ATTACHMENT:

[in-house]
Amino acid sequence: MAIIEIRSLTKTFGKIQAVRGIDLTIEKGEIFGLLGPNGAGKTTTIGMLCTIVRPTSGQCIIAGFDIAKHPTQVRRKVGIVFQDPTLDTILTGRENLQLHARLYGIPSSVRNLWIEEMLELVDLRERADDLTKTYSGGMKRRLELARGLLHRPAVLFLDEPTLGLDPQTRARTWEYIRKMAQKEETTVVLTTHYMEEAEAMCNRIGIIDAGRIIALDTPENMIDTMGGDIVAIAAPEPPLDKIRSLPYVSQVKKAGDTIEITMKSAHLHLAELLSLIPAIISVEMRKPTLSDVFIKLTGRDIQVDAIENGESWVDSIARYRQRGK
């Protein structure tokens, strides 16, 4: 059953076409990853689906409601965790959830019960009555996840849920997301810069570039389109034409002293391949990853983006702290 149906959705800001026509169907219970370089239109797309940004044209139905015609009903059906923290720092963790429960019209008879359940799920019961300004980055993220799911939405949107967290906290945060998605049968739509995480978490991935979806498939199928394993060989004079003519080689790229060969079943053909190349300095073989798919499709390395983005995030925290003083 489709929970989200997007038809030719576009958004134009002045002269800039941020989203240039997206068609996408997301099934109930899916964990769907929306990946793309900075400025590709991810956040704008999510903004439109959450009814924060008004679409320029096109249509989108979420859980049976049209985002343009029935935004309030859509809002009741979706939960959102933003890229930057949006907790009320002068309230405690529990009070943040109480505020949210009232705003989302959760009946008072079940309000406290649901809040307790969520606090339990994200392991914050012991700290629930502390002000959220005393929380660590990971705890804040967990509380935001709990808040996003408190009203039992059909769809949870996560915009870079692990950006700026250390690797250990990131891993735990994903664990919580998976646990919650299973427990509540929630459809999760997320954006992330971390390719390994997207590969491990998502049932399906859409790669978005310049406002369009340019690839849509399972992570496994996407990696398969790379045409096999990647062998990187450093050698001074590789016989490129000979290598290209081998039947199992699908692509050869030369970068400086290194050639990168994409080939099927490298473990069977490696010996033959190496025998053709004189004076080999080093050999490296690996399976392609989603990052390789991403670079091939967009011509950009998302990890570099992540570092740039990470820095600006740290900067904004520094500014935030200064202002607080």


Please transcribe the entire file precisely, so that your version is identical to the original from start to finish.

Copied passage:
[in-house]
Amino acid sequence: MAIIEIRSLTKTFGKIQAVRGIDLTIEKGEIFGLLGPNGAGKTTTIGMLCTIVRPTSGQCIIAGFDIAKHPTQVRRKVGIVFQDPTLDTILTGRENLQLHARLYGIPSSVRNLWIEEMLELVDLRERADDLTKTYSGGMKRRLELARGLLHRPAVLFLDEPTLGLDPQTRARTWEYIRKMAQKEETTVVLTTHYMEEAEAMCNRIGIIDAGRIIALDTPENMIDTMGGDIVAIAAPEPPLDKIRSLPYVSQVKKAGDTIEITMKSAHLHLAELLSLIPAIISVEMRKPTLSDVFIKLTGRDIQVDAIENGESWVDSIARYRQRGK
């Protein structure tokens, strides 16, 4: 059953076409990853689906409601965790959830019960009555996840849920997301810069570039389109034409002293391949990853983006702290 149906959705800001026509169907219970370089239109797309940004044209139905015609009903059906923290720092963790429960019209008879359940799920019961300004980055993220799911939405949107967290906290945060998605049968739509995480978490991935979806498939199928394993060989004079003519080689790229060969079943053909190349300095073989798919499709390395983005995030925290003083 489709929970989200997007038809030719576009958004134009002045002269800039941020989203240039997206068609996408997301099934109930899916964990769907929306990946793309900075400025590709991810956040704008999510903004439109959450009814924060008004679409320029096109249509989108979420859980049976049209985002343009029935935004309030859509809002009741979706939960959102933003890229930057949006907790009320002068309230405690529990009070943040109480505020949210009232705003989302959760009946008072079940309000406290649901809040307790969520606090339990994200392991914050012991700290629930502390002000959220005393929380660590990971705890804040967990509380935001709990808040996003408190009203039992059909769809949870996560915009870079692990950006700026250390690797250990990131891993735990994903664990919580998976646990919650299973427990509540929630459809999760997320954006992330971390390719390994997207590969491990998502049932399906859409790669978005310049406002369009340019690839849509399972992570496994996407990696398969790379045409096999990647062998990187450093050698001074590789016989490129000979290598290209081998039947199992699908692509050869030369970068400086290194050639990168994409080939099927490298473990069977490696010996033959190496025998053709004189004076080999080093050999490296690996399976392609989603990052390789991403670079091939967009011509950009998302990890570099992540570092740039990470820095600006740290900067904004520094500014935030200064202002607080």